I recently jumped at the chance to take an all expenses paid helicopter ride over Israel and part of the West Bank.
The trip was courtesy of The Israel Project (TIP) which describes itself as a non-profit, non-partisan group working to impact world opinion for the sake of Israel's security.
The helicopter ride is meant as an "educational tour" for journalists and was inspired by George Bush, the former US president, who took a similar ride and reportedly said it opened his eyes to just how vulnerable Israel is.
The tour operates twice a month and has taken up over 1,400 journalists.
We (AJE cameraman Brad McLennan and I) met our guide and fellow journalists early in the morning, were bussed to an airport near Tel Aviv, treated to breakfast, and (after a security check that happened only to involve Brad and I and not the other two Israeli journalists) were taken up on a civilian helicopter for 45 minutes.
In mid air, an information pack was given to each of us -- a neat little 80-page handbook explaining why we were really here.
To boil it down -- Israel, the argument goes, is small and under threat from every side so the borders they have imposed are out of necessity not choice.
Hence the name of the tour nicely laminated on the front of the pack -- "Defencible Borders: Strategic Options for Israel's Security".
Don't look down
Throughout the flight, our tour guide used a variety of maps, statistics, pie charts, drawings and graphs to explain the reason for the separation wall (deemed illegal by the International Court of Justice).
We have all heard the reasoning that it prevents terrorist attacks but what our guide was trying to explain was that it has swallowed up Palestinian land only in areas which would have exposed Israel and posed a security threat.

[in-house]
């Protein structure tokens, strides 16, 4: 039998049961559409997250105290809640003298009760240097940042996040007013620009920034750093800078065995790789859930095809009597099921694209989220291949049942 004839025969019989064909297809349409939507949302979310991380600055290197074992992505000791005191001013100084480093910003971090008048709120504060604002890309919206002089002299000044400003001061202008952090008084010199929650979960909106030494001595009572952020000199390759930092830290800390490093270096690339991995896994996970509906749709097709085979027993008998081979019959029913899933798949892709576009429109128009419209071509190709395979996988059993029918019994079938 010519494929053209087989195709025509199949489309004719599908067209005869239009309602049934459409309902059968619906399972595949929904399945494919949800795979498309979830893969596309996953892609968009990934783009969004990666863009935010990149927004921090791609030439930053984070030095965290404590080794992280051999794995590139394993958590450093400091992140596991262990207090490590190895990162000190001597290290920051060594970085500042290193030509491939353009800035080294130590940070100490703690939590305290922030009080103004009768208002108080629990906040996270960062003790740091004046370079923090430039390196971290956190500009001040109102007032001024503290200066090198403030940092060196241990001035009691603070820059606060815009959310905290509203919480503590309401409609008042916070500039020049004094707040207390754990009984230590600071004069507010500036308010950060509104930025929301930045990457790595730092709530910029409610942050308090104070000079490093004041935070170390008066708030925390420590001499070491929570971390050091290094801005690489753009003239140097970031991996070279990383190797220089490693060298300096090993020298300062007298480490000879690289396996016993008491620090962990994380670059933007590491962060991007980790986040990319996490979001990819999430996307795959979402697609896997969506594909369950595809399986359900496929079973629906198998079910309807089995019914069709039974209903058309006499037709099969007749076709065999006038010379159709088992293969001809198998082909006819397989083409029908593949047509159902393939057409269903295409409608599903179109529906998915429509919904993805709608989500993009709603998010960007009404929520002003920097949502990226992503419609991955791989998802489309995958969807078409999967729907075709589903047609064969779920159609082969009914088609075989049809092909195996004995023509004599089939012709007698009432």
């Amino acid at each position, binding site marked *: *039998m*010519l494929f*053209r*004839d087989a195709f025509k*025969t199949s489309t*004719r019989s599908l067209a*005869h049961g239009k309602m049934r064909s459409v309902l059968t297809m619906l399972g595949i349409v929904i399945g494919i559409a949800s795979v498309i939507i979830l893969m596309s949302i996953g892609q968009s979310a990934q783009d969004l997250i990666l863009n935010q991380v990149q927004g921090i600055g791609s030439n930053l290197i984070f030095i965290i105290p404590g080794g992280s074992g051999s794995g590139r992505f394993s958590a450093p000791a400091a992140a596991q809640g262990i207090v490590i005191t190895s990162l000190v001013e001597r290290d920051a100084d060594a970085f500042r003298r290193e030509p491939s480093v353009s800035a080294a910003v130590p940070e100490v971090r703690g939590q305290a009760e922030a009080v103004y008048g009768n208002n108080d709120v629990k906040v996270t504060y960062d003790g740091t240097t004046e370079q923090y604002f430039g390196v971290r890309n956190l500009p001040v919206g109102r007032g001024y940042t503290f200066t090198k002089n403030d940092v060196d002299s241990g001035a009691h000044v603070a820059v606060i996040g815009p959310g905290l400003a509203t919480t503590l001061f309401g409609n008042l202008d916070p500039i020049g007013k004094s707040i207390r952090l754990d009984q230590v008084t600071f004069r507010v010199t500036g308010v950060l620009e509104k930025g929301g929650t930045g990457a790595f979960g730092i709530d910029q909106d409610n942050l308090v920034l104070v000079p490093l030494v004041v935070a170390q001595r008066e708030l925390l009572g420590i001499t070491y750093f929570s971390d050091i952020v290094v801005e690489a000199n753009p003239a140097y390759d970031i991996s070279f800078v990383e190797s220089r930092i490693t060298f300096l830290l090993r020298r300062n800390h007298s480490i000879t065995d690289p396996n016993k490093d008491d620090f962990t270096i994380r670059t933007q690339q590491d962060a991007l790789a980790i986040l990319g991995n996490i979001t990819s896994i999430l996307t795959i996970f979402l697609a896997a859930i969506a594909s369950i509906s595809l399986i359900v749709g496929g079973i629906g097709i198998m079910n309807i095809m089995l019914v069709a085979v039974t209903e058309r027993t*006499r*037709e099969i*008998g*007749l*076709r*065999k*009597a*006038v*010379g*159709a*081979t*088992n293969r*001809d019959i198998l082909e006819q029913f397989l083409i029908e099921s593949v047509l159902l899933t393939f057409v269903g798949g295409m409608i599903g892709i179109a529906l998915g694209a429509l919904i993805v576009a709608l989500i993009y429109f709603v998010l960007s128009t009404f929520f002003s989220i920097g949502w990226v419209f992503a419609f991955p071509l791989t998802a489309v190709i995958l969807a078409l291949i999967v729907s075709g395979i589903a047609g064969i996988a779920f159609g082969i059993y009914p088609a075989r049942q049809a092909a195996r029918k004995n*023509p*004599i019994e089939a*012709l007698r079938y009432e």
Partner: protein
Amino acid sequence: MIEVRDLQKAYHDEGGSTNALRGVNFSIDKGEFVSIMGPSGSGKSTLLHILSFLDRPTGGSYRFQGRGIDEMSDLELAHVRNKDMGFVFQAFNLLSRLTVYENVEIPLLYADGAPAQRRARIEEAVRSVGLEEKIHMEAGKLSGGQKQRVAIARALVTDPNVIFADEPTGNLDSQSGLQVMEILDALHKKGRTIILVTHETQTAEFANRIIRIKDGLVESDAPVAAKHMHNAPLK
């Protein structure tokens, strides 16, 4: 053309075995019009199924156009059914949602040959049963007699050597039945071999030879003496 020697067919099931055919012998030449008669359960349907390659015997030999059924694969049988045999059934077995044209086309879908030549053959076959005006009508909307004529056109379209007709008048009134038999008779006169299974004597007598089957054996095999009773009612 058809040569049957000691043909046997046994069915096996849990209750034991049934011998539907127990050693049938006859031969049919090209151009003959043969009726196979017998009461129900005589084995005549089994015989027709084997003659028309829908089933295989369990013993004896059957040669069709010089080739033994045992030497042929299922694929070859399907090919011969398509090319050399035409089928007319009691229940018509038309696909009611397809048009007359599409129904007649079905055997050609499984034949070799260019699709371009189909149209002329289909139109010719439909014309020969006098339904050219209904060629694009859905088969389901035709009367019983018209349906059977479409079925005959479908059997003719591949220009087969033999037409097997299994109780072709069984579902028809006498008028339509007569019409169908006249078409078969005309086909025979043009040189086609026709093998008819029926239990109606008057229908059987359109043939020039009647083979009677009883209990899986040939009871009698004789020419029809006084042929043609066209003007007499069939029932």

The wall has in fact taken 12 per cent of Palestinian land and drastically changed the landscape of Jerusalem creating a de facto border where Israel would like to see one and not where international law deems one should be.
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If we were looking down we would have witnessed this reality, but instead most in the helicopter were busy looking at the diagrams.
What is amazing is that in our 45-minute ride we managed to avoid flying over any of the 120 illegal Jewish settlements that have been built on Palestinian land in the West Bank.
Not a word was said by our guide about these settlements -- neither does it get a mention in our info pack.
Below is a taster of what we did see -- the town of Modi'in which sits next to the settlement of Modi'in Illit (which I couldn't film because of the route we took).
The other argument made by our guide was that the separation wall (which he points out will be six per cent concrete and 94 per cent electronic wire fence when finished) was not a permanent international border but rather a defensive one.
Plans, he said, are being made for electronic key cards so that Palestinian farmers left outside the wall can access their lands now on the "Israeli" side.
When I asked our guide why Israel is making long-term plans for a border he just finished telling us was only temporary, he answered "because one day it will be permanent".
It's a simple strategy and one Israel uses unapologetically -- creating facts on the ground they call temporary (because in theory they are still negotiating over these facts) while carrying out actions that would make a final settlement based on anything other than what they have already created almost impossible.
The middle of the tour involved landing in the southern Israeli town of Sderot. Here the guide explained how it was in fact Hamas that has imposed the siege in Gaza, a point I challenged him on ...
The Israel Project do not hide their aim -- shaping media coverage of the conflict. This is after all is a battle for land where the court of public opinion matters.
To preserve Israel's interests (to secure a Jewish state with borders of its choosing) an effort must be made to explain and justify to the world the process by which that state is being created.
But the changes happening come at the expense of Palestinian statehood, and that is clear to see for all those who choose to look down.